Judge Thomas J. Wright, Clerk Pen Article About Covid-Related Lawsuits

October 19, 2020

Litigation related to the COVID-19 pandemic is the subject of a recent article penned by 3rd Judicial District Circuit Court Judge Thomas J. Wright and his summer clerk, S. Cole Wheeler. “Pandemic Damages: Who Can You Sue?” looks at several different categories of COVID-19-related lawsuits, examining which have the highest likelihood of success in court. These categories include lawsuits against foreign states, lawsuits against local, state, and federal governments, and private sector lawsuits.

The article was published on the website of the Tennessee Bar Association and reprinted in the Greeneville Sun.

Judge Wright and Wheeler argue that lawsuits against foreign states and domestic governments face a number of hurdles, statutory and otherwise, that may render most of them ineffectual. Foreign states, for instance, are protected by the Foreign Sovereign Immunities Act, while local governments may be protected by provisions like Tennessee’s Governmental Tort Liability Act. There is also the matter of judicial deference: “Judicial review in these constitutional rights cases is highly deferential to the executive branch,” Judge Wright and Wheeler write. “The state’s exercise of police power to protect the health and welfare of its citizens, particularly during a public health crisis, is a legislative and executive function which will not be lightly disturbed by the judiciary.”

They do point out, though, that “suits seeking to vindicate protected liberty interests from state or local infringement” have a higher chance of success than those accusing government officials of “negligence in enacting pandemic restrictions” or failing to enforce those restrictions.

Judge Wright and Wheeler contend that the greatest volume of COVID-related lawsuits will pertain to the private sector.

“Suits in the areas of negligence, breach of duty, breach of contract, discrimination, and wrongful death will potentially reach the courts in large volume,” they write of these private sector lawsuits. “Negligence in failure to comply with state recommended precautions resulting in damages is likely to be the leading cause of action seen in the wake of the pandemic.”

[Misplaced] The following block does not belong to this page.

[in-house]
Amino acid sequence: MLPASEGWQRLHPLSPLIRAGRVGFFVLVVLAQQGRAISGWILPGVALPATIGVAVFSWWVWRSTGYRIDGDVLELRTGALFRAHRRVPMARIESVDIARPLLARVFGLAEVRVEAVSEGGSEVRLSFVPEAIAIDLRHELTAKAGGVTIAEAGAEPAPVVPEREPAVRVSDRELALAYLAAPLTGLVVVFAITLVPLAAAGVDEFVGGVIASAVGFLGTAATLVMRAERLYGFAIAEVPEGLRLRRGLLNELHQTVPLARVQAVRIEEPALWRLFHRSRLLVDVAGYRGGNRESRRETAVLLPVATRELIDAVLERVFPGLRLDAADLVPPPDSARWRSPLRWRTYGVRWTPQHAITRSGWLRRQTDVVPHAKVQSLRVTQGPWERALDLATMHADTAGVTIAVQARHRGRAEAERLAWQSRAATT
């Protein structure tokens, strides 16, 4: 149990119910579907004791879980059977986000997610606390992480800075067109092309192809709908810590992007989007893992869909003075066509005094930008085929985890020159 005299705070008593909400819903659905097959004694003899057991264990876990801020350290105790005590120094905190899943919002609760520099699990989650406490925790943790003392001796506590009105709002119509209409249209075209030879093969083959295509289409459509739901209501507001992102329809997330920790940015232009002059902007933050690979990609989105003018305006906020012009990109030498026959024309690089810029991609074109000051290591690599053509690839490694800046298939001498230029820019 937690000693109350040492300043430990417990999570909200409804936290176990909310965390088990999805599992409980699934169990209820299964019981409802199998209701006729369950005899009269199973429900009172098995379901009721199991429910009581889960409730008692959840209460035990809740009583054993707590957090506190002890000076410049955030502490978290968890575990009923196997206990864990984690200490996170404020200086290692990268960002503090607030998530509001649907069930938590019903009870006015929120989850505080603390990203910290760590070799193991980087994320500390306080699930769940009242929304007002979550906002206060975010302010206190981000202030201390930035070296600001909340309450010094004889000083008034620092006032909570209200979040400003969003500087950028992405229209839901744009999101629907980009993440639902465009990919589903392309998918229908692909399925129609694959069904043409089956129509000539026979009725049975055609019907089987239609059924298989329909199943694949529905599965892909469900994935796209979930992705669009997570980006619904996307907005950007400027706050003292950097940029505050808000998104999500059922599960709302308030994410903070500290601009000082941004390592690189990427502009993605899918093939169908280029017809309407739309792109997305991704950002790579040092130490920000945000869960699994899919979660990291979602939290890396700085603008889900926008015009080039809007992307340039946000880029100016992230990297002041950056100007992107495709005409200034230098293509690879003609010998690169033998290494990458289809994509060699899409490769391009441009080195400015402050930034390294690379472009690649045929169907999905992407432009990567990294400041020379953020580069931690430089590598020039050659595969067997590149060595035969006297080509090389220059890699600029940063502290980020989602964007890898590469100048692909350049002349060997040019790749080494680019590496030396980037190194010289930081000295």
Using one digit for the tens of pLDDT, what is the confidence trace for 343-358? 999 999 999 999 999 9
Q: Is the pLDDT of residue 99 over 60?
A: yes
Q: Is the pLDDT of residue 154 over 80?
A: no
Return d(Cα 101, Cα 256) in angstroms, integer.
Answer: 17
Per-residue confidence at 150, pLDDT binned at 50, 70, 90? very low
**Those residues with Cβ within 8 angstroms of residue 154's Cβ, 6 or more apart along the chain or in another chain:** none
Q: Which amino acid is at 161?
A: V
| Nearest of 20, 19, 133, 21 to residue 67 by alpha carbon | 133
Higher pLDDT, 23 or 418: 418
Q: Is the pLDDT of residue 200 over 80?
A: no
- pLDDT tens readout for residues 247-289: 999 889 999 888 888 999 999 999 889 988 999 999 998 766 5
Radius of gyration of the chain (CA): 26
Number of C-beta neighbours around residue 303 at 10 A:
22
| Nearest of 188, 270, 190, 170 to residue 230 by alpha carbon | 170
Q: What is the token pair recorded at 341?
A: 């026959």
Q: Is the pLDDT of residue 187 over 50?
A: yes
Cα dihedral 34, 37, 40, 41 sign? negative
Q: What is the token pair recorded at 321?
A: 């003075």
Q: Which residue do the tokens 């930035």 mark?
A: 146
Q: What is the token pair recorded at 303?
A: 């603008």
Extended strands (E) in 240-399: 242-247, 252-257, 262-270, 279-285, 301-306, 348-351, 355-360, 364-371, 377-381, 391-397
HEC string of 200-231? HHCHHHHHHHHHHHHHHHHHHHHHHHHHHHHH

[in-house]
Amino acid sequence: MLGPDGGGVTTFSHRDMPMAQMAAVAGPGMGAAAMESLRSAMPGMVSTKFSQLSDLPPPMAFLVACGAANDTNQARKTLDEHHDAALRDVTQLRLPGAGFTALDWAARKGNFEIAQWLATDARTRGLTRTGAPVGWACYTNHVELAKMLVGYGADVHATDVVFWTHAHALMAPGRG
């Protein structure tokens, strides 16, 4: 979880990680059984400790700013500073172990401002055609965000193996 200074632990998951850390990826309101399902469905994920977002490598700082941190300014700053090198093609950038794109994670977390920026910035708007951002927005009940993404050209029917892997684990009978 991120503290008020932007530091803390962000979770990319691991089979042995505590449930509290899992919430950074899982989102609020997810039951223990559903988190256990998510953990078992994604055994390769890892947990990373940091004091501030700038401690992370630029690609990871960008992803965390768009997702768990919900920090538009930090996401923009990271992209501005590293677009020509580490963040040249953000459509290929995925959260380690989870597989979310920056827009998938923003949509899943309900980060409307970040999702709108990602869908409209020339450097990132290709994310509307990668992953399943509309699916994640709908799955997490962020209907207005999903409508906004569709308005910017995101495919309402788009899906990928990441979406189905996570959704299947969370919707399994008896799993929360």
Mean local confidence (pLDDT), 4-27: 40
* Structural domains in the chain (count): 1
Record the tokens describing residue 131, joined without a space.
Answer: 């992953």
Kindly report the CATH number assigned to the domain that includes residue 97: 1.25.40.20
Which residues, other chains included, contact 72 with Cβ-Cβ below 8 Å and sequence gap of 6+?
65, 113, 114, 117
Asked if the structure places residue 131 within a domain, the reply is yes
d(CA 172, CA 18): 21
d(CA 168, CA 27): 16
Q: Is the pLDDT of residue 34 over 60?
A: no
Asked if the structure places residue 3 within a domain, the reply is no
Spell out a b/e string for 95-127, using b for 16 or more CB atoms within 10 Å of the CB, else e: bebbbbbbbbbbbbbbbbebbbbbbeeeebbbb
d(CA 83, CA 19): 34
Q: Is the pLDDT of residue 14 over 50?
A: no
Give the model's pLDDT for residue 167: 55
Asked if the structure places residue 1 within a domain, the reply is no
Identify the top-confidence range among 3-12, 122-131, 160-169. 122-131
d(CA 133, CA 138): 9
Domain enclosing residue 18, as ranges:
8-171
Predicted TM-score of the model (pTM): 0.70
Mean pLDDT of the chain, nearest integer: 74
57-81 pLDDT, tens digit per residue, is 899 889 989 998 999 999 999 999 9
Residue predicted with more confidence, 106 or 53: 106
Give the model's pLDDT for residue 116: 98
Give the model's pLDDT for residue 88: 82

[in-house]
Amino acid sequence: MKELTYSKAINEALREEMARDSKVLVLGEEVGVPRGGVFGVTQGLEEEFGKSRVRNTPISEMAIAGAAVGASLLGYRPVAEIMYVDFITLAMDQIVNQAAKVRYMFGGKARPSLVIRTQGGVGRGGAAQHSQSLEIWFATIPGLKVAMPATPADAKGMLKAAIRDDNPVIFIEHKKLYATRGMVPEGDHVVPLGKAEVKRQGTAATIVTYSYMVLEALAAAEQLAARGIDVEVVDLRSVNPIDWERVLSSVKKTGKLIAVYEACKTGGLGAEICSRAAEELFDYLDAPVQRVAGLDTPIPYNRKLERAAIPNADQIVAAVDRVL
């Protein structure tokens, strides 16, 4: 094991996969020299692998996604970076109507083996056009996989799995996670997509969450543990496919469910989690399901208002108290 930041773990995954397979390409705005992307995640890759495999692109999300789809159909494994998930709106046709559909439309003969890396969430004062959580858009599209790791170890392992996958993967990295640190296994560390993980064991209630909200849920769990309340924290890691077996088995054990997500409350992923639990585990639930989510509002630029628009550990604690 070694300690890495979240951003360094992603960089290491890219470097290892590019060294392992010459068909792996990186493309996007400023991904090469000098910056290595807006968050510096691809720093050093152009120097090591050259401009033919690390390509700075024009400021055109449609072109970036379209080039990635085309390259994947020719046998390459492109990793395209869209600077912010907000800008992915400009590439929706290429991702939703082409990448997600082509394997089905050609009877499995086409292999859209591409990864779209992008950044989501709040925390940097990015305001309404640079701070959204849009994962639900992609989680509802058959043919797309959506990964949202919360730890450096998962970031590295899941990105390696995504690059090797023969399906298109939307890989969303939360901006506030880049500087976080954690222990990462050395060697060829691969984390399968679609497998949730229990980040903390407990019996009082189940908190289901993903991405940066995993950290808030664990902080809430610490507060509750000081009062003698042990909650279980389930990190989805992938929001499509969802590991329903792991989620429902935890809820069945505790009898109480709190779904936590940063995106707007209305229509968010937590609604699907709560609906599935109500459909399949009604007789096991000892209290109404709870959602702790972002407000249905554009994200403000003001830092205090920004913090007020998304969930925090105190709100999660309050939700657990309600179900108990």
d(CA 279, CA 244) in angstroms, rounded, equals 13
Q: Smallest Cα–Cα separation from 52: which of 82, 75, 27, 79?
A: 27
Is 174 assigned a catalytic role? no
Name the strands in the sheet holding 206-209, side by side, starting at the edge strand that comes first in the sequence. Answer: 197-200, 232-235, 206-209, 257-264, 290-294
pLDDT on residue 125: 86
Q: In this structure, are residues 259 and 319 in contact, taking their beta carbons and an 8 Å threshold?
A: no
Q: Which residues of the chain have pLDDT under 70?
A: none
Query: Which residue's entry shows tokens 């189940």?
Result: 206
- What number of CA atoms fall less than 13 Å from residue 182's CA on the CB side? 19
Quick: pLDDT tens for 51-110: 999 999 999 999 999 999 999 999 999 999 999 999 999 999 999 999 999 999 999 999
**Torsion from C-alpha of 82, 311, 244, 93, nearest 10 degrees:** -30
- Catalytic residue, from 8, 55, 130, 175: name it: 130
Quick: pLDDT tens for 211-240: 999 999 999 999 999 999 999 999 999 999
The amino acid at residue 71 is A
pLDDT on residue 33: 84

They hold that this will be the case even in the face of legislative efforts to immunize businesses from liability for COVID-related losses.

“Despite the efforts to provide immunity from COVID-19-related suits there are still likely to be an increased number of tort and contract cases related to various aspects of this pandemic,” they write.

S. Cole Wheeler is a 2L at The University of Miami School of Law and served as a summer law clerk for Judge Wright this year.

Judge Wright was first elected to the 3rd Judicial District Circuit Court in 2006 and was reelected in 2014. From 1998 to 2006 he served as Greene County General Sessions and Juvenile Court Judge. From 1992 to 1998 he was an assistant federal defender in East Tennessee, and prior to that he was in private legal practice for several years.

Judge Wright earned his juris doctor at the University of Tennessee College of Law and his undergraduate degree at the University of Arkansas.

He is a fellow of the Tennessee Bar Foundation and has won numerous awards over the years, including the State of Tennessee ADAT Award for Excellence in 2004.